In Disappointing Ruling, Court Validates Immunity of State Officials Accused of Human Rights Violations: Why it May Have Erred.

The international law principle of sovereign equality recognizes that one State may not exercise judgment over another. This is known as the sovereign immunity doctrine. This immunity has been extended to include exercising jurisdiction over Heads of State, given that it is understood that said exercise of jurisdiction would interfere with their official duties and, hence, interfere with State sovereignty.

Immunity for State officials has always proven to be a controversial issue, since on many occasions the claims put forth involve allegations of human rights violations. This particular issue has been decided differently among States and international courts. Two recent judgments have demonstrated these inconsistent approaches.

In the case of Samantar v. Yousuf, on 13 January 2014 the United States Supreme Court rejected the appeal of former Somali Prime minister, Mohamed Ali Samantar, to be granted common law immunity for claims under the Torture Victim Protection Act of 1991. A lower court had held Samantar liable for human rights abuses–including torture, rape and killings–committed during the 1980s. As such, the seven victims who presented the lawsuit were awarded $21 million (USD) in 2012. Samantar claimed immunity for acting on behalf of a foreign State. This is known as functional immunity. This claim was denied in 2010, as the U.S. Supreme Court found that the U.S. Foreign Sovereign Immunities Act of 1976 does not extend to civil law suits. In its most recent decision, the Court denied an appeal to review if Samantar enjoyed common law immunity.

On the other hand, on 14 January 2014, the European Court of Human Rights (ECtHR) upheld a United Kingdom House of Lords’ decision to grant immunity in the case of Jones v UK. This case originated with several British nationals claiming compensation for the alleged torture they were submitted to by Saudi Arabia officials. At the domestic level, the House of Lords found that immunity for Heads of States could not be surpassed by suing the “servants,” meaning officials under the control of the Head of State. The claimants submitted a petition before the ECtHR, which argued that this decision violated the victim’s right of access to court under the European Convention of Human Rights (Art. 6). The ECtHR found, however, that the application of immunity for these officials reflected recognized international public law principles and thus did not violate the Convention.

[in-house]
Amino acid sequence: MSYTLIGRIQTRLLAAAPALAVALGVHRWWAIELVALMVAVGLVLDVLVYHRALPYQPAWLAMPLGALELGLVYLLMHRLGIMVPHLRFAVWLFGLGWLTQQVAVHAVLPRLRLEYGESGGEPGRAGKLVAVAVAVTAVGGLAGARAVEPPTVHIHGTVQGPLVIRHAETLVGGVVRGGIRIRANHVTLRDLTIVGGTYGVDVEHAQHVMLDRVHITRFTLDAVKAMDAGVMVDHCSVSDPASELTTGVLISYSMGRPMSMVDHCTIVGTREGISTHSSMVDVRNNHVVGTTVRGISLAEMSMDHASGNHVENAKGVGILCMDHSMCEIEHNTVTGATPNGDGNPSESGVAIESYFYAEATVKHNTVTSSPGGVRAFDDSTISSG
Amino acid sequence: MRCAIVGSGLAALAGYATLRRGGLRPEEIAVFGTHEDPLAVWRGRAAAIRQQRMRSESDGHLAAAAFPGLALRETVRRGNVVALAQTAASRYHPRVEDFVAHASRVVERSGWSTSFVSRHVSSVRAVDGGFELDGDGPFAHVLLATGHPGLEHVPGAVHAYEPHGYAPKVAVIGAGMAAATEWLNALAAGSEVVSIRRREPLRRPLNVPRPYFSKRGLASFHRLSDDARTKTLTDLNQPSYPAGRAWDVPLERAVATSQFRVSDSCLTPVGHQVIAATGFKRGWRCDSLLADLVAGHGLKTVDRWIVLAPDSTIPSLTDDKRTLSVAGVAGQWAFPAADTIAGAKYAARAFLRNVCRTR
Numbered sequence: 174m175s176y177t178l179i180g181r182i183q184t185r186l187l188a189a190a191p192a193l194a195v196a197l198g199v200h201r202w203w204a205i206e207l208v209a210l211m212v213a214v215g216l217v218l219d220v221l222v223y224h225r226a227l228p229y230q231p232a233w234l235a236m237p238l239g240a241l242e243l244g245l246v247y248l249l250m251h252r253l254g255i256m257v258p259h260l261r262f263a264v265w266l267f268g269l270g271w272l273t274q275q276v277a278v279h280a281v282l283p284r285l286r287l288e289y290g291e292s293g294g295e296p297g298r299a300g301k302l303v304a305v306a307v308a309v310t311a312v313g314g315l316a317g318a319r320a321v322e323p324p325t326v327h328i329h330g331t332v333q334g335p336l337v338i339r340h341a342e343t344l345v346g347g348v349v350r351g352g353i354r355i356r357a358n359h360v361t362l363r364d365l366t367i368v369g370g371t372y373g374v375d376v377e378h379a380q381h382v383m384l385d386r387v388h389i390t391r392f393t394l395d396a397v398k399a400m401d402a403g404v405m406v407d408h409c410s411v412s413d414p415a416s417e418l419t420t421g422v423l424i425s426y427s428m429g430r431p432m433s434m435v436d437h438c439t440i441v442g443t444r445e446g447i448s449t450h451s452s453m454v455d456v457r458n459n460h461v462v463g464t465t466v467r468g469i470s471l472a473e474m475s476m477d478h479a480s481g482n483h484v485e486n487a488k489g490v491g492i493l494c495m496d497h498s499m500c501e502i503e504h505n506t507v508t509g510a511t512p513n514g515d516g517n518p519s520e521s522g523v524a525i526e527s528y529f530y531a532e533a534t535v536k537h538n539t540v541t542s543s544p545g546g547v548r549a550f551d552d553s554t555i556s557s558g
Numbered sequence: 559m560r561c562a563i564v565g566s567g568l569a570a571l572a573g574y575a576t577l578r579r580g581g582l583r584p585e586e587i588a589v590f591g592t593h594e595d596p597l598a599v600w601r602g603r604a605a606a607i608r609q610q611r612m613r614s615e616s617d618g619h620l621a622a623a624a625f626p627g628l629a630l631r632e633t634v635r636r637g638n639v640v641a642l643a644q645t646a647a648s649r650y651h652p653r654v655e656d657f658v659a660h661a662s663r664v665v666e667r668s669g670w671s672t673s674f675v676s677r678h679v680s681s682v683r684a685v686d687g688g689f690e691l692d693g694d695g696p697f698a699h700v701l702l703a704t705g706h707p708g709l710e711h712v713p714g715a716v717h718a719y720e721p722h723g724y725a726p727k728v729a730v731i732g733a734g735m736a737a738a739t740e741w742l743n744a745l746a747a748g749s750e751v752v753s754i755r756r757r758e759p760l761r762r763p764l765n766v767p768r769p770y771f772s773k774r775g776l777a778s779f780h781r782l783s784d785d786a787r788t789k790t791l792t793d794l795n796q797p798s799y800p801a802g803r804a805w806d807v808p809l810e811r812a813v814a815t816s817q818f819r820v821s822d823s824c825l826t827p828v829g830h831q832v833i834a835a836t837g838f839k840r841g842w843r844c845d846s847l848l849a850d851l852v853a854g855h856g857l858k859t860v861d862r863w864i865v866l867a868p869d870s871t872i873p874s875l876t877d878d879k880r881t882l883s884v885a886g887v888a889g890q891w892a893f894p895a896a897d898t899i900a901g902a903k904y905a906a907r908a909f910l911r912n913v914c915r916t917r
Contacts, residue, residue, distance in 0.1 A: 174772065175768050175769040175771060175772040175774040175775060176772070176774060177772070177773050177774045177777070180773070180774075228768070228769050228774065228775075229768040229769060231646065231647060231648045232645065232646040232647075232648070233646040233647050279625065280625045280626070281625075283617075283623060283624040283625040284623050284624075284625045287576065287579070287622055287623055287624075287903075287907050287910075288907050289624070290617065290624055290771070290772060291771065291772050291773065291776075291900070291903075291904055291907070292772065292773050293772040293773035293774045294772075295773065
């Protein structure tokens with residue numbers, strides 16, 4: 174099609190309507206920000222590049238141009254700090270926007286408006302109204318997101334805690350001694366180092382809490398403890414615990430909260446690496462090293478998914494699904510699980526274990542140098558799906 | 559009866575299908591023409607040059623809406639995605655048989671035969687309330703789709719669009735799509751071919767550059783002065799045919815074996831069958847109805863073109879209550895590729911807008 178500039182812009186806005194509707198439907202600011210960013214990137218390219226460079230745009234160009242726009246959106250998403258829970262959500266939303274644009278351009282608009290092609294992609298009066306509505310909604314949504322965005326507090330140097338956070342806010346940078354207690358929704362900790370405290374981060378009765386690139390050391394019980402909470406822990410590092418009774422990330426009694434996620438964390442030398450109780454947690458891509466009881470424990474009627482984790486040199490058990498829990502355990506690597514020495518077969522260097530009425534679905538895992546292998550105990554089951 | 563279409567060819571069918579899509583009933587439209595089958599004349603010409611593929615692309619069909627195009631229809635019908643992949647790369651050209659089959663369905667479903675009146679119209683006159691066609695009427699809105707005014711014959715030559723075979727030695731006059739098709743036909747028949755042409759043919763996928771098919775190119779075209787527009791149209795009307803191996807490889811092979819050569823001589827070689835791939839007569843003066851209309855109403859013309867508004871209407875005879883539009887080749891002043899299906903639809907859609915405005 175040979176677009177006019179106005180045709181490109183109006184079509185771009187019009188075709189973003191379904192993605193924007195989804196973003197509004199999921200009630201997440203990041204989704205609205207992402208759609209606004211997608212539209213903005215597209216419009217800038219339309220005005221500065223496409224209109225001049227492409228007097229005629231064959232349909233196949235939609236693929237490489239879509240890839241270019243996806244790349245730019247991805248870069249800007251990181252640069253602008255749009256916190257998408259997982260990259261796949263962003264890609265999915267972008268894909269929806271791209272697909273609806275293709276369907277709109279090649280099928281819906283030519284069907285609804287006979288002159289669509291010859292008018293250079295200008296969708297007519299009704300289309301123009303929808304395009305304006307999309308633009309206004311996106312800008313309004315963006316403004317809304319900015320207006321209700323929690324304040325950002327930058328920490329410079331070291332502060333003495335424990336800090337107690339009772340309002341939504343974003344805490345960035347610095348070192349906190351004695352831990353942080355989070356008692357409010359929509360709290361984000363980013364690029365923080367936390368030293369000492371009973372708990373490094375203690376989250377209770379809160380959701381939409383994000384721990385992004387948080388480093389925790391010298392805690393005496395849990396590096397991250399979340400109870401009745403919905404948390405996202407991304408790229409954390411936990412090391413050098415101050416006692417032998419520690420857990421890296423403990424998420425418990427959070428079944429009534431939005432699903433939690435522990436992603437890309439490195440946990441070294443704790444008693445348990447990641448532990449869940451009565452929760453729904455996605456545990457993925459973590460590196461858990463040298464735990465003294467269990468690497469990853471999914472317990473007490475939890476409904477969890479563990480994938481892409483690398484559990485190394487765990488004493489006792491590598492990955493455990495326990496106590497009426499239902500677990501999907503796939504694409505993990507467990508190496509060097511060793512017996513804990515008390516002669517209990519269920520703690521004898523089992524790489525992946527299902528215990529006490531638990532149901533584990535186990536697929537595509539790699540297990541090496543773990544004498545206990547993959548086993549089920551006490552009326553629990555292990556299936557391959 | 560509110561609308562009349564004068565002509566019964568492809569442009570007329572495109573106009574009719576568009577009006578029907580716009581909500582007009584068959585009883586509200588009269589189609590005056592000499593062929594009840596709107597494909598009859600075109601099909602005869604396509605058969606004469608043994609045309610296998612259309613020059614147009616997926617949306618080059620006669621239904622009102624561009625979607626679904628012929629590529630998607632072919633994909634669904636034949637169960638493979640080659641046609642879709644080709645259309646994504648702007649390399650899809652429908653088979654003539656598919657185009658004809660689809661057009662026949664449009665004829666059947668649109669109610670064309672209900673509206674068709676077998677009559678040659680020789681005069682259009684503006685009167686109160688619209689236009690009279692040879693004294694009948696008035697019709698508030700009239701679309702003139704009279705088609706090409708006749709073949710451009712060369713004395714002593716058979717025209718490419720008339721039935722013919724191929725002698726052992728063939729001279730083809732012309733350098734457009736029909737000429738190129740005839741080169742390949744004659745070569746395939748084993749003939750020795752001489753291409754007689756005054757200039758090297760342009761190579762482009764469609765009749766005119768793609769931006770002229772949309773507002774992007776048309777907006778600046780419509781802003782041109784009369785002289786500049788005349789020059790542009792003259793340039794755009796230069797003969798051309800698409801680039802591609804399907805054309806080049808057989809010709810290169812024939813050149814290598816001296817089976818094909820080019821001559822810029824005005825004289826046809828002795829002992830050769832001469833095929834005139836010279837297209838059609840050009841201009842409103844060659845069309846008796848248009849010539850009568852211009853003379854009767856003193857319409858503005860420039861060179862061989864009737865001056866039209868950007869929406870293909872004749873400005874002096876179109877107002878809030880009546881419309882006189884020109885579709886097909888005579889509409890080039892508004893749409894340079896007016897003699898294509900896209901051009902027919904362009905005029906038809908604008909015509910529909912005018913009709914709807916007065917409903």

These decisions reflect the lack of consistent application of the sovereign immunity doctrine. Before these decisions, the current applicable law recognized immunity for officials but also recognized exceptions of human rights law violations. The most prominent example of the application of the latter is the Pinochet case. These exceptions reasoned that a State may never violate its international human rights’ obligations, and therefore, that a State official may never commit said violation in representation of the State. The judgment of the International Court of Justice (ICJ) in the Arrest Warrant case recognized an international law immunity for these officials for their official acts, and in dictum even appeared to widen the extent of the functional immunity. On the other hand, the International Criminal Court (ICC) completely denies this immunity; to the extent that it can even be denied to officials not party to the ICC in situations referred to the Prosecutor by the United Nations Security Council. The Rome Statute, which created the ICC, has an article expressly denying immunity due to official capacity.[1] Furthermore, if a situation is referred by the Security Council–under Chapter VII powers[2]–the ICC obtains jurisdiction over those accused by the Prosecutor, regardless of whether the State is a party or not to the Rome Statute. This, consequently, has permitted accusations of officials from a State not party to the ICC. An example of this is the ICC case The Prosecutor v. Ahmad Muhammad Harun and Ali Muhammad Ali Abd-Al-Rahman. 

With these developments regarding the application of this immunity in mind, it appears that the ECtHR’s decision in Jones v. U.K. amplifies the immunity to the same extent of that of a State. However, the truth is that the immunity doctrine for States and for its official have developed in different ways. The ICJ’s Jurisdictional Immunities judgment recognized complete immunity for a State for official acts. Nevertheless, there is debate as to whether this complete immunity has been previously granted to State officials. Moreover, immunity varies depending on whether it is a civil or criminal proceeding, as well as the nature of the violations in question. International law recognizes, as Prof. Frulli points out in a recent article, that immunity will not be applicable, neither in State nor international courts, in cases of international crimes. The ECtHR’s judgment in Jones v. U.K. runs contrary to this, as it appears to create a clear cut immunity for civil cases, which permits officials to hide behind their States in the exercise of “official acts.” Ironically, the judgment allowing for this procedural bar was issued by a human rights body, whose duty is to protect individuals from State’s human rights violations.

For further analysis on the Jones v. UK decision click here.

Additional research by:  Mayra C. Artiles Fonseca

[1] Rome Statute, 17 July 1998 (entered into force 1 July 2002), Art. 27, 2187 UNTS 90.

[2] Id, at 13.



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